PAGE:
MOSCOW — Russian President Vladimir Putin on Thursday attended commemorations of the 80th anniversary of the Soviet victory over Nazi forces in the battle of Stalingrad, a long and grueling fight that resonates in the current conflict in Ukraine.
Putin laid a wreath at the eternal flame of the memorial complex to the fallen Red Army soldiers in Volgograd, the current name of the city, which stretches along the western bank of the Volga River. The memorial is dominated by an 85-meter (279-foot) sculpture of a sword-wielding woman, Europe’s tallest statue.
The Russian leader is set to speak at a memorial event and have a meeting with activists later in the day.
The city was renamed in 1961 as part of the Soviet Union’s rejection of dictator Joseph Stalin’s personality cult. But the name Stalingrad remains inextricably linked to the historic battle that turned the tide of World War II. There have been calls for the restoration of the city’s old name, but they haven’t received the Kremlin’s blessing.
The five months of fighting in Stalingrad between August 1942 and February 1943 is regarded as the bloodiest battle in history with the death toll for soldiers and civilians reaching as high as 2 million. Most of the city was reduced to rubble before Nazi forces surrendered on Feb. 2, 1943.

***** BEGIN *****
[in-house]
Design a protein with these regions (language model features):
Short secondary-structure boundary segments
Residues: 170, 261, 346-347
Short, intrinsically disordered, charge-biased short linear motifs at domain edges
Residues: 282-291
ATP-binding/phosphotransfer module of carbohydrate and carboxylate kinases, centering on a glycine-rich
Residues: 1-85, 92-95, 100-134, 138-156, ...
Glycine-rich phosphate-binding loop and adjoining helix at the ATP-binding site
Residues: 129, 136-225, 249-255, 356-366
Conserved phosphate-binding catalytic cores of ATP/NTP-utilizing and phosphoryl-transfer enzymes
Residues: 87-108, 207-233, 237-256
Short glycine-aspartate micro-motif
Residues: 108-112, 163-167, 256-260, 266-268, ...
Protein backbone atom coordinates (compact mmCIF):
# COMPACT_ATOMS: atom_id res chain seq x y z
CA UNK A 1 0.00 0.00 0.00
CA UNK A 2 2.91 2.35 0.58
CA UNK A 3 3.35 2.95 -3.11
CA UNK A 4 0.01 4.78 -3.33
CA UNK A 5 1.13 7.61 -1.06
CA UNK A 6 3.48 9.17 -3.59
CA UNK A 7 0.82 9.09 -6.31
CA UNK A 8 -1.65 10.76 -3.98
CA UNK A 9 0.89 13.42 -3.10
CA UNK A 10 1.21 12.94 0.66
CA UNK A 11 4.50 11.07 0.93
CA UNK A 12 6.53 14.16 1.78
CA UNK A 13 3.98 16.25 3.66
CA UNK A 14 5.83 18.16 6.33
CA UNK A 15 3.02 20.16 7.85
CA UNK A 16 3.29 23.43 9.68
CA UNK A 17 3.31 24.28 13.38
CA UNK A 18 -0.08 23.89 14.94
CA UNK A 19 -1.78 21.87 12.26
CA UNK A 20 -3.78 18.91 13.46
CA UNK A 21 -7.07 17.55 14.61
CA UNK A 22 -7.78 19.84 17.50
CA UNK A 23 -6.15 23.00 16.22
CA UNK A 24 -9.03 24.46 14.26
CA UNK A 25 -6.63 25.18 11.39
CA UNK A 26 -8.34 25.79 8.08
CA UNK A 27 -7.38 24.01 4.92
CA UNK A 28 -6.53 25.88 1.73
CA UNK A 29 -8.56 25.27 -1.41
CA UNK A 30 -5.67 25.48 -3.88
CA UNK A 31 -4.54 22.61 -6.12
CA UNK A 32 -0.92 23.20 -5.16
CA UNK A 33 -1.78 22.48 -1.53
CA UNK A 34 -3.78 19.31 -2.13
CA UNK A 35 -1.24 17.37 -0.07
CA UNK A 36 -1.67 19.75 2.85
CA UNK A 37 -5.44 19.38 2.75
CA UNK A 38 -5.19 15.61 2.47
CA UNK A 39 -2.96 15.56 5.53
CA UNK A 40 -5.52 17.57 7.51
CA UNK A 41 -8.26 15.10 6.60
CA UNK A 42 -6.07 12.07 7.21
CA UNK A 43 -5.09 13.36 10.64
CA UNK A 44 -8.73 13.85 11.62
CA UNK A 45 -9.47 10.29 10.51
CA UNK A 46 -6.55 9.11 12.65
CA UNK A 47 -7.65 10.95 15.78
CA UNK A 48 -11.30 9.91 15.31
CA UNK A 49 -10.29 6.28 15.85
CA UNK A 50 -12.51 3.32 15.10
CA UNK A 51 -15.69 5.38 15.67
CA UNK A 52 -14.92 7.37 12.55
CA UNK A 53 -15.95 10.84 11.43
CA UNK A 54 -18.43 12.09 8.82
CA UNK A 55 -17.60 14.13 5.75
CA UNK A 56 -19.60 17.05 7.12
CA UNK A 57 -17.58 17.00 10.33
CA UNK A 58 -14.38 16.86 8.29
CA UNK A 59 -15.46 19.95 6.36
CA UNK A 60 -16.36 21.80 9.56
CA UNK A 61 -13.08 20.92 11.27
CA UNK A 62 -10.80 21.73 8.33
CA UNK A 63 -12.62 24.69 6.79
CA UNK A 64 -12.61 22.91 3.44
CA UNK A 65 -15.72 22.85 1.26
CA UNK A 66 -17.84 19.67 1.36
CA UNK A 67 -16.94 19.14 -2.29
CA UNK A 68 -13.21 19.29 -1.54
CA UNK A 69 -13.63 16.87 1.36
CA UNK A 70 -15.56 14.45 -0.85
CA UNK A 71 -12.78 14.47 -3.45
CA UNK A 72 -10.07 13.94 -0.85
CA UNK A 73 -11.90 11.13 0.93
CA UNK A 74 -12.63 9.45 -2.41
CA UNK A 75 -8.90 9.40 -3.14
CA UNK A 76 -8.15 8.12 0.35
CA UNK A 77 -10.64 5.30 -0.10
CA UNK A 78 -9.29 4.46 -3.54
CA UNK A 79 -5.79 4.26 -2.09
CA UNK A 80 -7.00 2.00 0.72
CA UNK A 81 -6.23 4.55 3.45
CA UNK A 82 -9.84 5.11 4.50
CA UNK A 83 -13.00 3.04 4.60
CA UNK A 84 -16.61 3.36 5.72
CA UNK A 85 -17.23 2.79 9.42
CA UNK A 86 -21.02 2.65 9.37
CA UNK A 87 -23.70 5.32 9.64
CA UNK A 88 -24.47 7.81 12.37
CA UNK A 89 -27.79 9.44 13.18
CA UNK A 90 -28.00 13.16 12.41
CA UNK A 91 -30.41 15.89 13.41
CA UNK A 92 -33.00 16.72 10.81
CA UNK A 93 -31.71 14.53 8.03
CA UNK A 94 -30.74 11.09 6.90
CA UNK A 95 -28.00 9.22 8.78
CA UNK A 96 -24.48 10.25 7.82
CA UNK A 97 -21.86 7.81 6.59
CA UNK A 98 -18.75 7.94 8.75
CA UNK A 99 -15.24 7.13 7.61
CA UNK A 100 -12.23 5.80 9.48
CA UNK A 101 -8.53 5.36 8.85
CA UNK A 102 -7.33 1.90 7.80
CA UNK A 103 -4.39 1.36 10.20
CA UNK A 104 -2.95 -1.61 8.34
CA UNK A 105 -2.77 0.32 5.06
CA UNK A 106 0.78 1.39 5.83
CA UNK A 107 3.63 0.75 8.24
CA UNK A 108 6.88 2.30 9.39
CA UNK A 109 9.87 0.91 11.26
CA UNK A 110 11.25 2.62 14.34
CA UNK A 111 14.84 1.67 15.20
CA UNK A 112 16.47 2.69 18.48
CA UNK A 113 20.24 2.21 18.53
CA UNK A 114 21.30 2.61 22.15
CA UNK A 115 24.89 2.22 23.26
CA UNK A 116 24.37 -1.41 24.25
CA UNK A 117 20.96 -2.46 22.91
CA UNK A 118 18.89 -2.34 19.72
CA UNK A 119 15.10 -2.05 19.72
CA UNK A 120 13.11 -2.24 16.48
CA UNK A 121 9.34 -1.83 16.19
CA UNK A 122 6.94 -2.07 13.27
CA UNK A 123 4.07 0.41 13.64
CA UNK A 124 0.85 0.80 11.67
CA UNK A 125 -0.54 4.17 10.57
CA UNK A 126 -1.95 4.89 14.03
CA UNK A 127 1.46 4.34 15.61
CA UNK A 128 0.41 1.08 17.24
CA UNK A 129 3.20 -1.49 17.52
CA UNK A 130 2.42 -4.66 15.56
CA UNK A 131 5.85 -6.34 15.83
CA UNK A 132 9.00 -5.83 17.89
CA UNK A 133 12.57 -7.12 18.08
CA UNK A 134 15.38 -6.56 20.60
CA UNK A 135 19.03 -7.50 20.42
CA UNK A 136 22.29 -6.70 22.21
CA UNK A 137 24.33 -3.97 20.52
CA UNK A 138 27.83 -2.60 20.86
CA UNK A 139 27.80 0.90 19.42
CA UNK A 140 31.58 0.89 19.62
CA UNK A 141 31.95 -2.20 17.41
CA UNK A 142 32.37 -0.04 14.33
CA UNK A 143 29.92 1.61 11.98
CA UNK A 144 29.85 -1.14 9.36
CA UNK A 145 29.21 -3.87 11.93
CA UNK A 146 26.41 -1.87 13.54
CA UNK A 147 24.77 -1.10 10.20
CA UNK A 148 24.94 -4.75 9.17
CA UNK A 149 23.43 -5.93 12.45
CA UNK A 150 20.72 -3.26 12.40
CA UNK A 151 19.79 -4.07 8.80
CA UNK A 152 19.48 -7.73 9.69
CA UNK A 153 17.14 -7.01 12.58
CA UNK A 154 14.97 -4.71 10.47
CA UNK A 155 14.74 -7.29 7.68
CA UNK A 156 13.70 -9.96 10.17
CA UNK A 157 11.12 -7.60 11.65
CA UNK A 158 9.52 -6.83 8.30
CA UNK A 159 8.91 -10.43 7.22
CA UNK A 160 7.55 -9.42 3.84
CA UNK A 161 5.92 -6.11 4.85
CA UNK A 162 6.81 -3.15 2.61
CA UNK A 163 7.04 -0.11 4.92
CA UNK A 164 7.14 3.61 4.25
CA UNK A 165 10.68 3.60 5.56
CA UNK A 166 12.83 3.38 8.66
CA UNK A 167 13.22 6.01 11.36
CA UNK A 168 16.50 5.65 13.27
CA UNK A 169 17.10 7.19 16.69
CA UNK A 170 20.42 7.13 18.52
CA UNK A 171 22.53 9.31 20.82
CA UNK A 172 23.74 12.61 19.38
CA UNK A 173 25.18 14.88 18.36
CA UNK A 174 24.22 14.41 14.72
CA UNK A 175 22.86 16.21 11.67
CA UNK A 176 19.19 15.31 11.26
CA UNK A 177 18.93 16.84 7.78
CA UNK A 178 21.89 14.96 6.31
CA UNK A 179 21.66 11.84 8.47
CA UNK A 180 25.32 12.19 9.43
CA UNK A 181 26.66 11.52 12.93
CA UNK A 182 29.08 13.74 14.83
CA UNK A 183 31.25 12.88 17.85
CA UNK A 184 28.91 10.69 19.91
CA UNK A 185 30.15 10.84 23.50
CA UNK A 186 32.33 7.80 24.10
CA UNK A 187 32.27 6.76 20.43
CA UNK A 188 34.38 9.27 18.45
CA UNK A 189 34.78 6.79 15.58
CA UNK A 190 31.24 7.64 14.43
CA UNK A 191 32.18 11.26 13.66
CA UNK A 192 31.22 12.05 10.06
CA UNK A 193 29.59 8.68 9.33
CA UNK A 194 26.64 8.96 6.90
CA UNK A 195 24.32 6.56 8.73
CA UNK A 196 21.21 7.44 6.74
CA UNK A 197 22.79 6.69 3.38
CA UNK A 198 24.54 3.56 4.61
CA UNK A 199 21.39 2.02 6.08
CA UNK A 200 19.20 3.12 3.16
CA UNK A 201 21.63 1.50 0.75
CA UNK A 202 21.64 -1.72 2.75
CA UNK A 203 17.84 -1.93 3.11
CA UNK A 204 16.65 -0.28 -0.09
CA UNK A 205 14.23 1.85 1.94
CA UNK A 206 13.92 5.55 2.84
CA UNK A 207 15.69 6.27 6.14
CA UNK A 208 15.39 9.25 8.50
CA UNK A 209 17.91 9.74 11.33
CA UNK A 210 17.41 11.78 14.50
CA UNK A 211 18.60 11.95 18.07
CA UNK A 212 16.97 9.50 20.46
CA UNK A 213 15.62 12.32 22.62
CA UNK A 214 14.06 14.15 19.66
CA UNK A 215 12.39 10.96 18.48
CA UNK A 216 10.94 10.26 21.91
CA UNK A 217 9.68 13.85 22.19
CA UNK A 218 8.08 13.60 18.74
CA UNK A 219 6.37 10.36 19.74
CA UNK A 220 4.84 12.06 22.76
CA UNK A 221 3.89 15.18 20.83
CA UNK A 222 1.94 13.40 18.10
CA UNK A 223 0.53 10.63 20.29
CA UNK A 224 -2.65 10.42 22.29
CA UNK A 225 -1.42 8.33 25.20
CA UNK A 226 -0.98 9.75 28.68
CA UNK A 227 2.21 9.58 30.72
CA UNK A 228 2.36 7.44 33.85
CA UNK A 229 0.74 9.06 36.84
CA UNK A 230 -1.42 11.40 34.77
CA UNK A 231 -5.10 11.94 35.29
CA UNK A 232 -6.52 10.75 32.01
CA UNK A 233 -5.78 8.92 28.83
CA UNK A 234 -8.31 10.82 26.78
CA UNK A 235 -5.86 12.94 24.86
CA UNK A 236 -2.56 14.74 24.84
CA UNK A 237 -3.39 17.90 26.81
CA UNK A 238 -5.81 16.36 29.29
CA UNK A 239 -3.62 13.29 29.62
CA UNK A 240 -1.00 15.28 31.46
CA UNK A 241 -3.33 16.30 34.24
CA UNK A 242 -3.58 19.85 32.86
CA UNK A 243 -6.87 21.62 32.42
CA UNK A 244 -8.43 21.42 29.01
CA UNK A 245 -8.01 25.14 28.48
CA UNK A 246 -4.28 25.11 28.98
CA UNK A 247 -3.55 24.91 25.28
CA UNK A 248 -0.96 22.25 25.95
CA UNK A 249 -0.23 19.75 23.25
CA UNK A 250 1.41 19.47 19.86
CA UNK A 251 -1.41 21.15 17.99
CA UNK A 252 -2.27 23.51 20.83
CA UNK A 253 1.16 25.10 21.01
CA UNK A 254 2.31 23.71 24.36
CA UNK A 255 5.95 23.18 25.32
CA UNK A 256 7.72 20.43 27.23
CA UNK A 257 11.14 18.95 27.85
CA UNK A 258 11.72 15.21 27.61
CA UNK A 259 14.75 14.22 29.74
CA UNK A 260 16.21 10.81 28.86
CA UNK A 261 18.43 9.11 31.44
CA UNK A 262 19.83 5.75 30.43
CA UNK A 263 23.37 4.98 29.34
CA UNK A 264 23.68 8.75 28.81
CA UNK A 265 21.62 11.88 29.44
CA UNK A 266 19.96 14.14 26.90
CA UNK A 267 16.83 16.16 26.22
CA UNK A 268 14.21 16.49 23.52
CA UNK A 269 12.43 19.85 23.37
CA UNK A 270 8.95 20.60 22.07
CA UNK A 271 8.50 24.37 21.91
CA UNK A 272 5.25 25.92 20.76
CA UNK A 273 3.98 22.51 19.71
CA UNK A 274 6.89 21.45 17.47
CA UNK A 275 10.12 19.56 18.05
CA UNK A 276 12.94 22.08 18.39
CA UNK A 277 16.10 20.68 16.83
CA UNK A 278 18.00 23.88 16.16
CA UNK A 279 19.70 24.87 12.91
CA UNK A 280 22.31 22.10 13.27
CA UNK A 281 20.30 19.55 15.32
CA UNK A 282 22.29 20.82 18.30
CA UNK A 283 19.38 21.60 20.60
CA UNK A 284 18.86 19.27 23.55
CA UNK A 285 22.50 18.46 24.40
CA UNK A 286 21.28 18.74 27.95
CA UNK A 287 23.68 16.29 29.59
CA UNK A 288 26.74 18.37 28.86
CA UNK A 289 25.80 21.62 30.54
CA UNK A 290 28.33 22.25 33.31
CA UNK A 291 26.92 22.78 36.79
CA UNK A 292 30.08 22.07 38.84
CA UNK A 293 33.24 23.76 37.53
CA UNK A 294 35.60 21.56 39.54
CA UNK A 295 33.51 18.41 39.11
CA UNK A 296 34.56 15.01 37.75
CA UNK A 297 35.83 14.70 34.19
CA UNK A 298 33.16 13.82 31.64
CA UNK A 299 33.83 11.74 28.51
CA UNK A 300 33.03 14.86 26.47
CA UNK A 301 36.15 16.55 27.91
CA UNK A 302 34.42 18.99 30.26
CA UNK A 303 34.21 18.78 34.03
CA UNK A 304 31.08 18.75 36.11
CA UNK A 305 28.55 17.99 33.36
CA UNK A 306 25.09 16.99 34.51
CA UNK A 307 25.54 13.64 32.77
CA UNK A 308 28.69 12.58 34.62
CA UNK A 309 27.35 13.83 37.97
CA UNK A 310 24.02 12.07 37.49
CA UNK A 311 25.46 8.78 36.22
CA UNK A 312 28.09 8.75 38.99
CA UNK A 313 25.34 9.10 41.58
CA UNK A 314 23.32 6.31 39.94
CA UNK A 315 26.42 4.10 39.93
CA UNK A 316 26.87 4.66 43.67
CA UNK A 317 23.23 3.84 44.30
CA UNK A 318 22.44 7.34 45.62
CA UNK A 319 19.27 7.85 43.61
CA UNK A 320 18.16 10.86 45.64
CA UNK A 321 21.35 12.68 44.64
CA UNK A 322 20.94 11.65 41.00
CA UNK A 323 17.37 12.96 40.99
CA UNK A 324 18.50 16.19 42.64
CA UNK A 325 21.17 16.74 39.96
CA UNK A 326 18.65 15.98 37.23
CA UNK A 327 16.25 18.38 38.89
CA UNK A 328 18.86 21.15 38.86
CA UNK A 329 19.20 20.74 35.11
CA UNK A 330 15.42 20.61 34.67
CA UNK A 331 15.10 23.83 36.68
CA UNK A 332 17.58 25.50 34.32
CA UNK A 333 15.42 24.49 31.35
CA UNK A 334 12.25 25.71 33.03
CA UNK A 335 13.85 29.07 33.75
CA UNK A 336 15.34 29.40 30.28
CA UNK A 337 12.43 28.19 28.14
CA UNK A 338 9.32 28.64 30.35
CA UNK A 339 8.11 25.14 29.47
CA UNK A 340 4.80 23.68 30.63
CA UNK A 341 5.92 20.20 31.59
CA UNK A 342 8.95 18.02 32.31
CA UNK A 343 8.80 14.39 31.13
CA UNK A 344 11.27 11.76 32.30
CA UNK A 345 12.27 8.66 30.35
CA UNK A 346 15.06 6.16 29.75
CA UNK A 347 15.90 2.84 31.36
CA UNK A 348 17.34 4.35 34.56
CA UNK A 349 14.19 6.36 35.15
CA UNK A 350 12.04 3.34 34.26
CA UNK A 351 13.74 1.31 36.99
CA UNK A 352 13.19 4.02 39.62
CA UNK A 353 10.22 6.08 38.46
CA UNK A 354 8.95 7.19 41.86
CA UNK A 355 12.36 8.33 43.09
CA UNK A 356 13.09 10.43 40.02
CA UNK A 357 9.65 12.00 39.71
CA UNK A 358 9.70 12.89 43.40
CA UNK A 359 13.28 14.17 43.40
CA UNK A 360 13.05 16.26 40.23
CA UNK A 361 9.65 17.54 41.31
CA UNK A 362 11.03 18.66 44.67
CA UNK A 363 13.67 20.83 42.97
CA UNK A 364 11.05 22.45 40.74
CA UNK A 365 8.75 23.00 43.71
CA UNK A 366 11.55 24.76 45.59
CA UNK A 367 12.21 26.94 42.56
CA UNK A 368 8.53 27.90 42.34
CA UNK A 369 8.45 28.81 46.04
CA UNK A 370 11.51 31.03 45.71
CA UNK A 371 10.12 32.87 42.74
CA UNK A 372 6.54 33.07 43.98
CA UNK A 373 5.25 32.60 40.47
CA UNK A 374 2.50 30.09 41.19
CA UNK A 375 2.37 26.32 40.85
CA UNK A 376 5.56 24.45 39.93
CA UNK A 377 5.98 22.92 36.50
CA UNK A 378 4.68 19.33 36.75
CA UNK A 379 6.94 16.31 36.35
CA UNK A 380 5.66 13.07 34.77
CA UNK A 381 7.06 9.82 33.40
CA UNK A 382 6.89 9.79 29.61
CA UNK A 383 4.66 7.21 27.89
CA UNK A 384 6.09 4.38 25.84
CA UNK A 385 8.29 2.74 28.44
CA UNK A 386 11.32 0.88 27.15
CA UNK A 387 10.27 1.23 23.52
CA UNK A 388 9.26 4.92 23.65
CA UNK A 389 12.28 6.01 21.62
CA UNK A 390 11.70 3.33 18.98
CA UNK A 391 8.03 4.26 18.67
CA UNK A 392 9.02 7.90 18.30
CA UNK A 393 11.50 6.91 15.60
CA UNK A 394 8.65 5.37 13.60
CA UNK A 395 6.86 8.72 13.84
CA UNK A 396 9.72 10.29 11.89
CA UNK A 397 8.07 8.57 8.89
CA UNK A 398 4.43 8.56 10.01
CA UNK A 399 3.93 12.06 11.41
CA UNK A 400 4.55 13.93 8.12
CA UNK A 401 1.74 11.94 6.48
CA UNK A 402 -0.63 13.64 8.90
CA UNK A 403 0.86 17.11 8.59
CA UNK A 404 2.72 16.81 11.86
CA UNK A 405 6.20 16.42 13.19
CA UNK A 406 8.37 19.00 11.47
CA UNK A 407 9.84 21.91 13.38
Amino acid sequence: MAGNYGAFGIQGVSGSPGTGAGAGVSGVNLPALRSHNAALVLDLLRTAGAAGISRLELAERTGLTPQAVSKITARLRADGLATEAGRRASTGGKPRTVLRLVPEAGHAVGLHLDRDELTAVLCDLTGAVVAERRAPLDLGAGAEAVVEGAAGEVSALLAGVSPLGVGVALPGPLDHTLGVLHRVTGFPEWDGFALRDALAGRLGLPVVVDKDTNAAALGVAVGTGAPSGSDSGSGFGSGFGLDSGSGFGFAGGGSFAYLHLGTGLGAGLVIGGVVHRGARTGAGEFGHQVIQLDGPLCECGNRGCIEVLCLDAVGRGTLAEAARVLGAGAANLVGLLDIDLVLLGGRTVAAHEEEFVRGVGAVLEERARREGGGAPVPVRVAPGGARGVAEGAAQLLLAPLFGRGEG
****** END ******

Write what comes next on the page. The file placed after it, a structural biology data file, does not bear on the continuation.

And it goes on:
The Soviet victory was a major turning point in the European theater of World War II and the battle remains an immense point of pride in modern Russia, lauded as a demonstration of military might and moral seriousness.
As Russian forces struggle to gain ground in Ukraine, lawmakers from the dominant United Russia party have been told to liken the Ukraine fight to Stalingrad, the newspaper Kommersant reported.
Some Russians on Thursday made the connection explicit.
“The achievement of our fathers and grandfathers, showing unprecedented heroism, valor and self-sacrifice during the defense of Stalingrad, still inspires our courageous soldiers who carry out responsible combat missions on the fields of the special military operation and defend the sovereignty, independence and security of our country,” said Russian Orthodox Church head Patriarch Kirill, using the official characterization of the conflict that began nearly a year ago.
Communist Party head Gennady Zyuganov, after laying flowers at the Unknown Soldier memorial outside the Kremlin, said that he hoped that Russian forces would prevail in Ukraine.
“To do this, it is necessary to adopt the unique experience of the victorious Red Army, the Battle of Stalingrad, Oryol, Kursk,” Zyuganov said.
Sergei Naryshkin, head of Russia’s foreign intelligence agency the SVR, said that “no matter how many years have passed, the image of the unconquered city on the Volga, Stalingrad, will forever remain a symbol of the resilience and courage of our people, a strong spiritual support in the face of any external threats and challenges, in the face of any enemies.”